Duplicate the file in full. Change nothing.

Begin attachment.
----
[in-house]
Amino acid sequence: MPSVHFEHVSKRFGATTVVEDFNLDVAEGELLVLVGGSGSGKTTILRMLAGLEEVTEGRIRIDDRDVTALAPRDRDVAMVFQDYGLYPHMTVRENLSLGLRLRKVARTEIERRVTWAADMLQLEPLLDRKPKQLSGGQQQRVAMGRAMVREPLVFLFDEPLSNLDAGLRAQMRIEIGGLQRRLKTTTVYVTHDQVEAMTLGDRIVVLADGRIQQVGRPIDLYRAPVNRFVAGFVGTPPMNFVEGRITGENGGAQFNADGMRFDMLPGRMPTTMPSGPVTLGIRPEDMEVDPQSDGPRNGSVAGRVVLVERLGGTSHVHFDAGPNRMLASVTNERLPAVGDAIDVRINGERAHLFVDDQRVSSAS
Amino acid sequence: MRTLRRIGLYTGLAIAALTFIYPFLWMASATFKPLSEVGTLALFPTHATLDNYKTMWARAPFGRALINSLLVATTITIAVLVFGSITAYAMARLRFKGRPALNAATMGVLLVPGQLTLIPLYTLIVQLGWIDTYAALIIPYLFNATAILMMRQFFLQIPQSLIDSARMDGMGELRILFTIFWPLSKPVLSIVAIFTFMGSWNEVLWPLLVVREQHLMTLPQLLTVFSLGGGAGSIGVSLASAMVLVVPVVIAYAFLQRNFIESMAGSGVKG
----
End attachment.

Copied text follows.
[in-house]
Amino acid sequence: MPSVHFEHVSKRFGATTVVEDFNLDVAEGELLVLVGGSGSGKTTILRMLAGLEEVTEGRIRIDDRDVTALAPRDRDVAMVFQDYGLYPHMTVRENLSLGLRLRKVARTEIERRVTWAADMLQLEPLLDRKPKQLSGGQQQRVAMGRAMVREPLVFLFDEPLSNLDAGLRAQMRIEIGGLQRRLKTTTVYVTHDQVEAMTLGDRIVVLADGRIQQVGRPIDLYRAPVNRFVAGFVGTPPMNFVEGRITGENGGAQFNADGMRFDMLPGRMPTTMPSGPVTLGIRPEDMEVDPQSDGPRNGSVAGRVVLVERLGGTSHVHFDAGPNRMLASVTNERLPAVGDAIDVRINGERAHLFVDDQRVSSAS
Amino acid sequence: MRTLRRIGLYTGLAIAALTFIYPFLWMASATFKPLSEVGTLALFPTHATLDNYKTMWARAPFGRALINSLLVATTITIAVLVFGSITAYAMARLRFKGRPALNAATMGVLLVPGQLTLIPLYTLIVQLGWIDTYAALIIPYLFNATAILMMRQFFLQIPQSLIDSARMDGMGELRILFTIFWPLSKPVLSIVAIFTFMGSWNEVLWPLLVVREQHLMTLPQLLTVFSLGGGAGSIGVSLASAMVLVVPVVIAYAFLQRNFIESMAGSGVKG